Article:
End of the party for Priscilla of Boston
Priscilla of Boston, the high-end bridal boutique that got its start on Newbury Street in 1945 and shot to prominence after making Grace Kelly’s wedding gown, is closing.
Its parent company, David’s Bridal, announced yesterday that it will shutter the store’s 19 national locations, including its store on Boylston Street, on Dec. 31. A corporate office in Charlestown will also be closed.
A David’s Bridal spokesman said the stores are being shut so the company can invest more resources into its 307 David’s Bridal stores.
“At the end of the day, the decision is really based on looking at our resources and capital investments and looking to invest in Priscilla’s sister division, David’s Bridal,’’ said Brian Beitler, chief marketing officer for David’s Bridal.
Priscilla employs 61 people in Massachusetts - 21 in the store and 40 in the corporate office. Priscilla employees could apply for jobs at David’s Bridal, Beitler said, but there is no guarantee, and those jobs are scarce.
Orders for dresses will be fulfilled as promised, according to a Q&A posted on Priscilla’s website. Anyone whose dress is scheduled to be delivered after Dec. 31 should call the store to make arrangements.
Although Beitler would not say that the economy was a factor in the closing, bridal specialists and analysts say the business of weddings has changed in recent years, with many brides scaling back their budgets.
“They’re probably closing because they failed to realize how the market has shifted and changed,’’ said Shane McMurray, CEO and founder of The Wedding Report, a website that follows wedding trends. “Several of the big designers have already created lower price lines in different markets so they can penetrate down into new markets. That’s really what you have to do.’’
Priscilla is seen as the posh older sister to the less expensive David’s Bridal. The priciest dress at David’s retails for $1,400, while the most expensive dress at Priscilla costs $10,000. A study by the websites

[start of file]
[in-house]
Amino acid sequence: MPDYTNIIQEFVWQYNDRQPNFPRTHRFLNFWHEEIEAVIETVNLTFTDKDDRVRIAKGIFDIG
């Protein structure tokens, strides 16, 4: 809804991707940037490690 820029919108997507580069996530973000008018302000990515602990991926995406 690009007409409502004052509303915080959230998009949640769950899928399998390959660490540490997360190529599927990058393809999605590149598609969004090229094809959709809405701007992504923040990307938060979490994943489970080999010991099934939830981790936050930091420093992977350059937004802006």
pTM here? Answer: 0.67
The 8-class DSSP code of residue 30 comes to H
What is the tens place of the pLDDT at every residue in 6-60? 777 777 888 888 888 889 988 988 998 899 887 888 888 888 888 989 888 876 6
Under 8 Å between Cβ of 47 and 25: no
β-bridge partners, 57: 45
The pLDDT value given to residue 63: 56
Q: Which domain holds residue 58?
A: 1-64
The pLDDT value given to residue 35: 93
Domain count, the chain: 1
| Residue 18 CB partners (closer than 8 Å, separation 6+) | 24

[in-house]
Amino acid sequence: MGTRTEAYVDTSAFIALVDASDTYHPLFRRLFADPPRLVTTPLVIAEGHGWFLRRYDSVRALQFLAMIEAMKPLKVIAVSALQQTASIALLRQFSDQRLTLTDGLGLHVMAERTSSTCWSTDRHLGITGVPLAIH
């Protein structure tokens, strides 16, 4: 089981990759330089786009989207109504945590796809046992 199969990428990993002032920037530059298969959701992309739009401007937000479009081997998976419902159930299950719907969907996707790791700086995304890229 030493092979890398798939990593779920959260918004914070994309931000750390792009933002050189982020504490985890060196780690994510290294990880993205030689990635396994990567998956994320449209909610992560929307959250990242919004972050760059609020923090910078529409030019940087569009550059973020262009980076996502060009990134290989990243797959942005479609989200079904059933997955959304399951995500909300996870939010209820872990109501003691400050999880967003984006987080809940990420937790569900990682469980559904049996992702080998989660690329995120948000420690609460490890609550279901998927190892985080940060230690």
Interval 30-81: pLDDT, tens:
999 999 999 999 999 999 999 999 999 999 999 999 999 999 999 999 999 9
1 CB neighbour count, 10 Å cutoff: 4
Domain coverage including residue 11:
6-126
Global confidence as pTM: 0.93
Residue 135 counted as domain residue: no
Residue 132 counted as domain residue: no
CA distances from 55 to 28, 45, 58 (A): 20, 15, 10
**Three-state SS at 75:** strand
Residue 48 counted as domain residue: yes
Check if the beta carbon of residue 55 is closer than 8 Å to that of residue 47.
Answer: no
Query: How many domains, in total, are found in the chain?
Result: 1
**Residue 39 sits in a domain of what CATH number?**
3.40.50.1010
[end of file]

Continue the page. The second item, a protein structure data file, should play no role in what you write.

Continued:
Others say the company lost its vision after multiple sales and acquisitions. Federated Department Stores bought Priscilla in 2002, then sold it to David’s Bridal in 2007.
“You really need to have someone to steer the direction,’’ said Rachel Leonard, fashion director of Brides Magazine. “I’m surprised to hear it, but I think that’s what happens when a company becomes more corporate.’’
The closing of Priscilla marks the end of an important chapter of Boston fashion history.
Priscilla of Boston started after Priscilla Kidder graduated from the New England School of Design. She opened her shop on Newbury Street and quickly rose to become an internationally recognized expert.
“She really changed the way that people look at the wedding industry,’’ said Salwa Khoory, co-owner of L’Elite on Newbury Street. “She was Vera Wang before there was Vera Wang. The closest comparison I could make now is Oscar de la Renta. That’s how respected her work was.’’
Kidder cemented her reputation when she designed the 1956 wedding of Grace Kelly to Monaco‘s Prince Rainier. She went on to design dresses for presidential daughters Luci Baines Johnson, and Julie and Tricia Nixon. She died in 2003 at 86.
But that rich history may have come back to hurt the company. Party planner Bryan Rafanelli said that as Wang and other superstar fashion designers rose to fame, Priscilla came to be seen as stuffy and old fashioned.
“When I first started 15 years ago, pretty much every one of the brides at least considered a Priscilla dress,’’ he said. “Now it’s much more rare. I think a lot of people, including myself, put Priscilla in a box. Some people didn’t see it as cutting edge.’’
Yolanda Cellucci, a former wedding dress magnate who closed her Waltham salon two years ago, was surprised at the news of the closing because of the tremendous growth of the company over the years. But she has also noticed that brides are spending far less than they did before the economic downturn.
“I used to carry Bob Mackie wedding dresses that cost up to $25,000,’’ Cellucci said. “We had a baby grand piano in the foyer with a pianist. There were models, and we served champagne. People don’t have time for that anymore. Everyone is rushing.’’
Christopher Muther can be reached at firstname.lastname@example.org